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PreSonus Blue Tube DP

Dual Mic/Line Preamp
Published June 2005
By Paul White

PreSonus Blue Tube DPPhoto: Mark Ewing

Valve warmth or solid-state transparency? You decide with this flexible new hybrid preamp.

The PreSonus Blue Tube DP supersedes their existing Blue Tube and features what PreSonus call Dual Path technology. Essentially this teams a solid-state preamplifier stage with a tube stage, where each of the channels functions as a microphone or instrument preamp. A 12AX7 dual triode is shared between the two channels so there is one stage of tube gain per channel. This tube is also run at well under the normal death-dealing voltages used in traditional tube products, so there's no safety risk. However, the authenticity of the added 'warmth' can vary in low-voltage designs, so you really need to judge them subjectively rather than assuming that they will sound exactly right simply because they have valves inside.

PreSonus are by no means the first company to take this hybrid design approach, as solid-state input sections tend to be cheaper to build and less noisy than their all-tube counterparts, but they have managed to bring in the Blue Tube DP at a surprisingly attractive UK price and claim to offer the user the ability to create 'a fat warm tube tone or invisible solid-state transparency'. Predictably, the degree of warmth is determined by how hard you drive the tube, as warmth in this context is really just another way of describing subtle harmonic distortion. The visual design has been brought up to date with brushed aluminium, blue switch LEDs, and red LED backlighting to the tube, though the 1U half-rack shape and external transformer powering have been retained.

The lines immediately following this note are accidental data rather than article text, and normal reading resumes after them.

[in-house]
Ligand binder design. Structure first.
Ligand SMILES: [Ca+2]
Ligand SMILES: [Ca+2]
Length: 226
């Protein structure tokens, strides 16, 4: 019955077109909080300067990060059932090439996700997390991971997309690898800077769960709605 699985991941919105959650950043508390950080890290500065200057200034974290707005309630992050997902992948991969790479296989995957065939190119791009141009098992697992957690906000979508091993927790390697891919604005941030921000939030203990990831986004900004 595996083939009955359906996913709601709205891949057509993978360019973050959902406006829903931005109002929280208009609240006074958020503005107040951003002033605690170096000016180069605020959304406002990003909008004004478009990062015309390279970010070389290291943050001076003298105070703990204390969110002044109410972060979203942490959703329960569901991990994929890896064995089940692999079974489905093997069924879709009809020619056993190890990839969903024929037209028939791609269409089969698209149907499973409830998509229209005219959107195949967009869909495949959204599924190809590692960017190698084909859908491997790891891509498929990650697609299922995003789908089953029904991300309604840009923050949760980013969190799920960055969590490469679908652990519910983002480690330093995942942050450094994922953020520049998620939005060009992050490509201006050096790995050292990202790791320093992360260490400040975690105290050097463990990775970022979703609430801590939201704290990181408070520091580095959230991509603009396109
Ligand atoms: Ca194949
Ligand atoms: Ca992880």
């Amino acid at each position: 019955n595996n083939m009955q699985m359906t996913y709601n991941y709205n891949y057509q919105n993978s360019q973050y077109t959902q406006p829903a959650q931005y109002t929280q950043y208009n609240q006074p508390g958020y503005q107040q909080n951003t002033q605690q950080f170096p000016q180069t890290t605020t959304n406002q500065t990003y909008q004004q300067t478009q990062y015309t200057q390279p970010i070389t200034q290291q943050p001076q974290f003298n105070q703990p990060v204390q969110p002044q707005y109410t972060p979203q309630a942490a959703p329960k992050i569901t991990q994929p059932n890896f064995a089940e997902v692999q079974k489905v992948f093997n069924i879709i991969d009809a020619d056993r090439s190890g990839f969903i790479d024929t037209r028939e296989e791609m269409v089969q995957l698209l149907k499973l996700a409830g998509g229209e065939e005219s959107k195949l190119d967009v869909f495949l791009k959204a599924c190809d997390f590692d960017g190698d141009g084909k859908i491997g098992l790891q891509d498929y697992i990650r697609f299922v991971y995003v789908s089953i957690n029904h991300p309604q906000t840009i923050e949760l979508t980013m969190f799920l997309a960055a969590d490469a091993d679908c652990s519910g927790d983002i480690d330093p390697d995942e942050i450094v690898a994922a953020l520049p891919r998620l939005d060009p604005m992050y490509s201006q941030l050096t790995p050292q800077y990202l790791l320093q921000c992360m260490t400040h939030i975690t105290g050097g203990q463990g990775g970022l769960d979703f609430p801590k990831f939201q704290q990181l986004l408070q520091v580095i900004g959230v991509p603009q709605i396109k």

As the Blue Tube DP is simply a preamp without EQ or dynamics, the manufacturers have been able to provide all the essential features that you'd expect in a mic pre, specifically a -20dB pad, phase-reverse button, 80Hz low-cut filter, and individually switchable 48V phantom power. Each channel has two rotary gain controls, one of which works more or less conventionally to adjust gain while the other, labelled Tube Drive, sets the amount of valve gain. The Tube Drive control has an integral push switch that bypasses the tube stage completely — as you'd expect, this setting produces the least distortion and the best noise figures. The Tube Drive control increases the input to the tube stage, but reduces its output to compensate, so there's little overall level change while this is being adjusted.

PreSonus Blue Tube DPPhoto: Mark Ewing

For those who like to check the figures, the combined THD + Noise (unweighted) in solid-state mode is less than 0.005 percent, but can be anything from 0.01 to 30 percent when the tube stage is in circuit, depending on how hard you drive it. Metering is courtesy of two small, circular moving-coil meters, and there are also fast-acting overload LEDs located between the channel gain controls. These come on at +22dB, so there's a decent amount of headroom available.